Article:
Inearly 2010, Jill and Brent Price made a call that changed their lives. Several months before, their church hosted a presentation by STARRY, the Round Rock-based agency that provides counseling, foster care and adoption services. “We were interested at the time, and then life happened,” says Jill. But on that day in 2010, they took the first step in a journey that has led them to provide foster care to 22 kids—and to give a forever home to 5-year-old Sam.
Jill sat down to speak with us in late September. The meeting itself was a testament to her wealth of love and patience. Against the cacophonous backdrop of a fast food playroom and at the end of a full workday at her new job, she answered our questions as she fed Sam and Micah (not his real name), a foster child just shy of 2 who arrived at her home only two days prior.
AFM: Tell us about your family.
Price: We’ve been married 31 and a half years, and we have five children: four biological and one adopted. They range from 30, 26, almost 24, 21 and 5. [laughs]
AFM: What’s it like transitioning a new child into your family?
Price: It can be really hard and wonderful at the same time. There’s a lot to learn, because you don’t know the child. You don’t know their habits. Even things like what they like to eat and what kind of cup they drink out of. And everything for them is such a big change. We try to think about what they need and be patient and kind and assuring that we love them and they’re being cared for. We’re excited to get to know the new kids, but we also know that because they’re with us, they’re going through something terrible.
AFM: Have you fostered continuously?
Price: We started in 2010, and we fostered pretty much straight through for about five years. We took a break in 2015. We were not done, but we just emotionally needed a break. Then we started back this summer. My husband was the one who said, “I don’t think we’re done yet.”
AFM: What’s the youngest age you’ve taken in?
Price: In 2015, we did cradle care for Adoption Advocates [a local adoption agency]. Those babies had adoptive parents waiting for them, but their paperwork couldn’t be finalized in time. They came straight from the hospital to us.
AFM: What’s the longest that you’ve fostered someone?
Price: Continously, we had three little girls for just short of a year. We had a teenager that we had over the course of three years, but she wasn’t with us continuously. She was the oldest we’ve fostered. We typically weren’t taking teenagers, because we had a teen boy and were trying to avoid any conflict. But we knew her, and she specifically asked to stay with us. I love her. She’s still in our lives.
AFM: Do you usually get to stay in touch?
Price: Sometimes. This teen was part of a sibling group. We had four of the eight kids at one time. They’ve visited us a few times. We’re Facebook friends with a few of them. You know, they’ve grown. They were little when we had them, but that was almost seven years ago. Some of them are adults now. With most of our foster kids, the parents don’t stay in contact. And that’s okay. That’s understandable. You’re trying to get your family back together. You don’t need that reminder.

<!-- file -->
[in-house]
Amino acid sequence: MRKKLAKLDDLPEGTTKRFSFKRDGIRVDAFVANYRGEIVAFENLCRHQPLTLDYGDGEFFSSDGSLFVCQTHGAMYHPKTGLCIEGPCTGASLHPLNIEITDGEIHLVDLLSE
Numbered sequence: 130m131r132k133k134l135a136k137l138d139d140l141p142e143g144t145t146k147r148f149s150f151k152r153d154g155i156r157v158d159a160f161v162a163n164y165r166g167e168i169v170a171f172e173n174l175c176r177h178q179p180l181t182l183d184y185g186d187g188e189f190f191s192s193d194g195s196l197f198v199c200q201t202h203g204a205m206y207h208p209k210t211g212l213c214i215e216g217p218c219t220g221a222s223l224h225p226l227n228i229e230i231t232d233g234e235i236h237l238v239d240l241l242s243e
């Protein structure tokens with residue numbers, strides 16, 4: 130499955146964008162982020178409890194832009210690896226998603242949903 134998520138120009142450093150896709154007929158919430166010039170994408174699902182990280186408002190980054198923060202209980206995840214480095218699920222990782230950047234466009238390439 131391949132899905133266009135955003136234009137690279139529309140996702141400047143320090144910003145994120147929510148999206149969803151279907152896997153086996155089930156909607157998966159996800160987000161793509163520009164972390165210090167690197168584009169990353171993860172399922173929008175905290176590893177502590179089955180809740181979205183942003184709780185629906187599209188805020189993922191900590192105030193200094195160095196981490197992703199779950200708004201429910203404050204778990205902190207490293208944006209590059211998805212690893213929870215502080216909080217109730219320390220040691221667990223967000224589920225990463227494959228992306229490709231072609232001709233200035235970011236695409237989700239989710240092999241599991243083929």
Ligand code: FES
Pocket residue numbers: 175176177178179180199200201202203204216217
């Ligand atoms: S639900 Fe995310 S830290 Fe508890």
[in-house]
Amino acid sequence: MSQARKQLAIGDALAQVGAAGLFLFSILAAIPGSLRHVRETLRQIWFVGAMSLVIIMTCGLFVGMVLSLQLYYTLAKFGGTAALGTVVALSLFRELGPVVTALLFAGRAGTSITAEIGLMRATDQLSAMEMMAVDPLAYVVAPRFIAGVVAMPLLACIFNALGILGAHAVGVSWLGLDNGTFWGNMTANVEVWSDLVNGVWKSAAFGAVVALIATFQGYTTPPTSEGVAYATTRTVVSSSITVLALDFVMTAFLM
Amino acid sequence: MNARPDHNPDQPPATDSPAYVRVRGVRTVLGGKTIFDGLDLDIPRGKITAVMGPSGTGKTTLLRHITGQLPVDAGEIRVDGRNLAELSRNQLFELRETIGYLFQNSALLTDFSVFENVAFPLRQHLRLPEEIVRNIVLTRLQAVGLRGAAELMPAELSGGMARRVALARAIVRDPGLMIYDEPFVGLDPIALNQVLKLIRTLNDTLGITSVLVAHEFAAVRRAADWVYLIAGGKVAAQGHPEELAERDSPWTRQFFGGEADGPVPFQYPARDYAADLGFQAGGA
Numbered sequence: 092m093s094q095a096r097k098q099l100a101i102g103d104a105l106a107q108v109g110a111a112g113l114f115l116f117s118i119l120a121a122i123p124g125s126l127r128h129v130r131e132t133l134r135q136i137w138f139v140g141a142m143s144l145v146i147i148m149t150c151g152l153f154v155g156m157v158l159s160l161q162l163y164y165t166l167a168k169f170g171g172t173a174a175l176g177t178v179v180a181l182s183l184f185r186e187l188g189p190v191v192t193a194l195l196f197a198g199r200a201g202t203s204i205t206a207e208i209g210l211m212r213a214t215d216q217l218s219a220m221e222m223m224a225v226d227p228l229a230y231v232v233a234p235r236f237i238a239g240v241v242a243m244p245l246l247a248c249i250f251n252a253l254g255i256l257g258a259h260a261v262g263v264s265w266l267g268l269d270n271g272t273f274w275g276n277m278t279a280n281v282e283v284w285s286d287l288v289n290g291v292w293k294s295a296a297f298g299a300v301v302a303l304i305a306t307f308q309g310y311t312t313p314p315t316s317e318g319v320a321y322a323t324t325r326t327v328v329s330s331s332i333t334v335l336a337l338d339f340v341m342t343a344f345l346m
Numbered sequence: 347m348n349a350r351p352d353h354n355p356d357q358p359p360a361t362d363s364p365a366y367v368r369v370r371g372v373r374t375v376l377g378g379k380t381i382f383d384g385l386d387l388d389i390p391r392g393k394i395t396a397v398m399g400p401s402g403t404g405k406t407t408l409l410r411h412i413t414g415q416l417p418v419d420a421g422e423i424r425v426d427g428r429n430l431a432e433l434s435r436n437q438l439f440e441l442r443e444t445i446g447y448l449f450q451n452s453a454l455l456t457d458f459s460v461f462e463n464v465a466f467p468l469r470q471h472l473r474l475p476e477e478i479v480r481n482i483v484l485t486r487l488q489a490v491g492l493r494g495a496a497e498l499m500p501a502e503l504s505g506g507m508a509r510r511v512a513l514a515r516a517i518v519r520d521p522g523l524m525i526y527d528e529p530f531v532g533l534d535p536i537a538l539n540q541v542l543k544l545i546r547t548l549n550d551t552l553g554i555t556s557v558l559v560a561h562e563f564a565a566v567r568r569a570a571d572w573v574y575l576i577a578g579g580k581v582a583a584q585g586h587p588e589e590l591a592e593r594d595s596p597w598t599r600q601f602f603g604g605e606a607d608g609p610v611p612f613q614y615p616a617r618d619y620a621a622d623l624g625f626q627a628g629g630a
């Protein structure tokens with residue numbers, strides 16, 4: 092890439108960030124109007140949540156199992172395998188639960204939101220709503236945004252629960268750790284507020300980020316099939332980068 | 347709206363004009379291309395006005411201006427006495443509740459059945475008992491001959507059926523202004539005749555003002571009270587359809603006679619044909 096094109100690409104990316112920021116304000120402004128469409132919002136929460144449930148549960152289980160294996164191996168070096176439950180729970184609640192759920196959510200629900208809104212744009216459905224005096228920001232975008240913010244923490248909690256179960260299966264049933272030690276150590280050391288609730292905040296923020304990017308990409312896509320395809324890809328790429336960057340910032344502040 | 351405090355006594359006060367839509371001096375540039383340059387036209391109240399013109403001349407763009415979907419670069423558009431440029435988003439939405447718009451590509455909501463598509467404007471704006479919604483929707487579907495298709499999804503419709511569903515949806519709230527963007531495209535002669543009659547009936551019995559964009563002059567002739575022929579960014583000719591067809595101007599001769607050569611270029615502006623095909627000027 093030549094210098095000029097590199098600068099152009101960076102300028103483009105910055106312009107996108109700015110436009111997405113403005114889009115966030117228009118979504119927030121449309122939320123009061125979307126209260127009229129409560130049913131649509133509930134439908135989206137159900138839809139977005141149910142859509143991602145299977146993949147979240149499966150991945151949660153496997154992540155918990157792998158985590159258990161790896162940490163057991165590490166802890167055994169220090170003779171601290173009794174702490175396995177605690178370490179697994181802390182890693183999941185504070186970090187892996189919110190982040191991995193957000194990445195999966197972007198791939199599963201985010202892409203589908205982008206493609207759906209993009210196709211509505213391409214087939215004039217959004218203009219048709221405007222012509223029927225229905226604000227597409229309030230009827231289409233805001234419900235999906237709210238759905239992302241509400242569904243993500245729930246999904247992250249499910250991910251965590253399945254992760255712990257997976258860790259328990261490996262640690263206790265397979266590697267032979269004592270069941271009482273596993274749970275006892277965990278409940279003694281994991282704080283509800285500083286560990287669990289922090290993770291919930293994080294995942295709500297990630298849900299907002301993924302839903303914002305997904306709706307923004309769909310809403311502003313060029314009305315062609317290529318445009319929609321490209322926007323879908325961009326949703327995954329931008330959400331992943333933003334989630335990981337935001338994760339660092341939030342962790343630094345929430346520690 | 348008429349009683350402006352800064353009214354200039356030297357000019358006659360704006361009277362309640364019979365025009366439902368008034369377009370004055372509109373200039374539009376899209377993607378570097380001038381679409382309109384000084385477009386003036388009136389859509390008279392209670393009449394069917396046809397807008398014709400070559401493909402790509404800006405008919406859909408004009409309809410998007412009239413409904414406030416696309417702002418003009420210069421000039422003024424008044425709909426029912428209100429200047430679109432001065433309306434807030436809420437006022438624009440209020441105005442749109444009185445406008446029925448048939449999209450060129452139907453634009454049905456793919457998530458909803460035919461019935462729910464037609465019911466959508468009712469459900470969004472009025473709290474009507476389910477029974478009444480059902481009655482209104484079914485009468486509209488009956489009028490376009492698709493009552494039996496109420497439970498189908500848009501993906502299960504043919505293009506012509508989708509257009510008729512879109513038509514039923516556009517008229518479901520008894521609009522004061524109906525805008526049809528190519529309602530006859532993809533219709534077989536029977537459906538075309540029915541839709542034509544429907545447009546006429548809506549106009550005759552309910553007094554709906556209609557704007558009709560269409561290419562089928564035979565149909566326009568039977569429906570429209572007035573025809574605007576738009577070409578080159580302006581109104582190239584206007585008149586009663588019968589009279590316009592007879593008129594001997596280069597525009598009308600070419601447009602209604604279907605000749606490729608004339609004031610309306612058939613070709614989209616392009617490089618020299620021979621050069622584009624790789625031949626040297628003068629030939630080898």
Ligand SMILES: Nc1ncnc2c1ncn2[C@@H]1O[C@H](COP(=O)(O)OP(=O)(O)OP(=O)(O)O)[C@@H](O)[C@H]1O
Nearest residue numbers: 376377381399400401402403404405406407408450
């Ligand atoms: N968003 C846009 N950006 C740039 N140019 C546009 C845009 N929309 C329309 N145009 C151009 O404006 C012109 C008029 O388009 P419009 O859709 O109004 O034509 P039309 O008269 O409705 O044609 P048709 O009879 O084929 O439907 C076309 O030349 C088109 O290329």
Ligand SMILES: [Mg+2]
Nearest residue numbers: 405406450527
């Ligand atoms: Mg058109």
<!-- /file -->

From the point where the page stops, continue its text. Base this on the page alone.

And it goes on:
AFM: How did you learn about Sam’s story?
Price: Sam came to us as a foster child when he was 9 days old. He came straight from the hospital to us. He is the first baby we ever took, and when he came to us he wasn’t adoptable—you know, that wasn’t the deal. We weren’t looking to adopt, but it became evident within the first year that probably he was going to be with us longer. We legally adopted him this summer. It was very exciting for all of us and really cool for him, too. He is old enough to understand it.
AFM: How much longer do you think you’ll be fostering?
Price: I don’t see an end in sight. We’re capable and able. I’m sure at some point, we’ll feel led that we’re done. God kind of told us that we weren’t done, and there’s just a sense that you have more to give.
AFM: Anything you’d like to add?
Price: I would encourage anybody, if they have even an inkling of a thought about it, to check into fostering or adopting, because it’s life-changing and amazing. And the truth is, there are a lot of kids out there that need someone to love them, and it’s not hard to love. It’s kind of like that song, “If I didn’t take the chance, I would’ve missed the dance.” I wouldn’t trade it for the world. There’s lots of kids out there sleeping in CPS offices at night. We always tell people, “We know how you can make it happen.” I just wish more people would.
Want to know more about foster care and adoption? Attend one of these information sessions hosted by the Texas Department of Family and Protective Services:
Nov. 14, 6 p.m.
DFPS Office, 140000 Summit Dr. Austin
Nov. 14, 6 p.m.
Bannockburn Church 7100 Brodie Ln.A ustin
What It Takes
Prospective foster or adoptive parents can be single or married. They must meet these requirements:
- Be at least 21 years old and financially stable
- Complete an application
- Submit to a criminal history background check
- Provide references, both relative and non-relative
- Agree to a home study
- Attend free training
To learn more, visit dfps.state.tx.us
By Sherida Mock
Photos By Jon Vineyard